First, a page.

Bob Keeshan knows children.
First as Clarabell the Clown on Howdy Doody in 1948, then as Captain Kangaroo, Keeshan has had his gentle finger on the pulse of the youth of America for more than 40 years.
"I don't think children have changed," he said in his quiet voice. "The way we nurture them has."
And the biggest testimony to the decline of parental nurturing is the medium that made Bob Keeshan a hero to generations of Americans.
It's not that television is bad; it's the people who make the shows, says Keeshan, himself a producer.
"The majority of TV shows today are created to make money for the producers," Keeshan said Wednesday in a press interview at Honeywell Space Systems.
Keeshan noted that the biggest children's show on television last year, The Mighty Morphin Power Rangers, made $1-billion for its producers.
Shows like that teach children to respond to their troubles physically, rather than verbally. Children should be taught to use their words when confronting problems, Keeshan said.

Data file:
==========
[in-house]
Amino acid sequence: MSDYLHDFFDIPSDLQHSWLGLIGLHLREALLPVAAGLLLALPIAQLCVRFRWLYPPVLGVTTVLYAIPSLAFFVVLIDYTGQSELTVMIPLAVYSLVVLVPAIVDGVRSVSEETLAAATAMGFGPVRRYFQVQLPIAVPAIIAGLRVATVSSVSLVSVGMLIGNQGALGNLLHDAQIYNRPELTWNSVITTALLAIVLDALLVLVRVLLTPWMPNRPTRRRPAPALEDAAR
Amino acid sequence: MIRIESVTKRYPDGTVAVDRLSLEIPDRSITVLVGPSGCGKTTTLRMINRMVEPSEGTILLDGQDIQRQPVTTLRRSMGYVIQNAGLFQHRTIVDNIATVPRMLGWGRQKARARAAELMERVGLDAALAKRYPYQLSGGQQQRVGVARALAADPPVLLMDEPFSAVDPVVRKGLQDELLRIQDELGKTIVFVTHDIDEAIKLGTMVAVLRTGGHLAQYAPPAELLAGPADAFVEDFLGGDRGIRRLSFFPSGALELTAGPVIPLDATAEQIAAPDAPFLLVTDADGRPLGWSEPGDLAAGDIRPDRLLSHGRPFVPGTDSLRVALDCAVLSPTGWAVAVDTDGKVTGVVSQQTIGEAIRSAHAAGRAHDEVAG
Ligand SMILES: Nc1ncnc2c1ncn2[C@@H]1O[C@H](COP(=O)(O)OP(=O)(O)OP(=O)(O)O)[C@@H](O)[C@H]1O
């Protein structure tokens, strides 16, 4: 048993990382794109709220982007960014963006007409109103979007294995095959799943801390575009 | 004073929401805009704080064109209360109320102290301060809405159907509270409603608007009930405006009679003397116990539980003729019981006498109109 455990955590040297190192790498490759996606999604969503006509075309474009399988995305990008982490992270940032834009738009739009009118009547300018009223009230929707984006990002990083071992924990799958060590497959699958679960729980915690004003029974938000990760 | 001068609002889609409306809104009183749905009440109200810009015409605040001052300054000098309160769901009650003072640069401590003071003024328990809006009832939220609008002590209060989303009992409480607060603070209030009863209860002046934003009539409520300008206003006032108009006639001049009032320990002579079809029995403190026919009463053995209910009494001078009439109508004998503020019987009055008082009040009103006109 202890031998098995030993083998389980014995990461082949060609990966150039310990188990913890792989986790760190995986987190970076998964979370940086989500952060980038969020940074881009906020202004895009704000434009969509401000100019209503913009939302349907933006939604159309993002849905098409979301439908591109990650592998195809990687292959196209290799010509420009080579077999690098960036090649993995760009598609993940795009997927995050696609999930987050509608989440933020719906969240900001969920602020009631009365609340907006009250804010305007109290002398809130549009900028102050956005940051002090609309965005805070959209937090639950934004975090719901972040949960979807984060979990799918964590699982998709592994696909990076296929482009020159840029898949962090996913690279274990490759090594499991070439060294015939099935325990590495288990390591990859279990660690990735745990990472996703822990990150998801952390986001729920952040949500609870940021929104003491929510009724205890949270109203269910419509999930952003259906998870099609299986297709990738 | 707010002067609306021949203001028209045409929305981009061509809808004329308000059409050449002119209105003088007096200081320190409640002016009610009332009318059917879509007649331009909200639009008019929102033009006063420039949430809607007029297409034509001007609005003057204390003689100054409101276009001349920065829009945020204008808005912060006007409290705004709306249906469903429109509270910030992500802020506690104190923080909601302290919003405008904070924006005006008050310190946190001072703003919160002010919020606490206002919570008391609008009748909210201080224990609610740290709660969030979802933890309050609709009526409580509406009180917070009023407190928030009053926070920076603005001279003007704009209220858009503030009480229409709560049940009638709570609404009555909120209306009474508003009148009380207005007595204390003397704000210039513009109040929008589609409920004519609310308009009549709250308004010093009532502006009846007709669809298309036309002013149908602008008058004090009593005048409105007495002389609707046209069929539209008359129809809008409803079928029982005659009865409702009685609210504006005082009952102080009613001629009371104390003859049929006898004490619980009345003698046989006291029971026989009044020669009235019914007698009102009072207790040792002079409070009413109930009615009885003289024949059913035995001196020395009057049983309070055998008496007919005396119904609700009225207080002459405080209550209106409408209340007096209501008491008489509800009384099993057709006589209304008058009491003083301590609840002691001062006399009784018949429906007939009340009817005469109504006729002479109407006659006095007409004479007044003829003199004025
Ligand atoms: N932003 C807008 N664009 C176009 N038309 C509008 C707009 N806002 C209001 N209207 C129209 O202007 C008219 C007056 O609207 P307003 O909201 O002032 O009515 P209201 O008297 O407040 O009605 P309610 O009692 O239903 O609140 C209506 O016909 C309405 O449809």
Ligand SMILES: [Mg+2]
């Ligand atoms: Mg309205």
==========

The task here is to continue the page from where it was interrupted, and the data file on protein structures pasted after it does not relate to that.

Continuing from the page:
"A lot of children don't learn that lesson from shows like the Power Rangers, where the good guys solve problems with a karate chop," he said.
Keeshan thinks Barney, the huge purple dinosaur who loves everyone, is "a little one-dimensional."
"I would take some of the money the show makes and put it back into the program, and bring in other characters," he said.
There are some good children's shows on TV, such as Mr. Rogers Neighborhood, Sesame Street and Reading Rainbow, Keeshan said.
Not coincidentally, those programs all are on public television, not commercial TV.
But, ultimately, it doesn't matter how many quality children's shows there are on TV if parents don't guide their children's viewing, Keeshan said.
"As long as we use television as babysitter, children are watching adult programs," he said.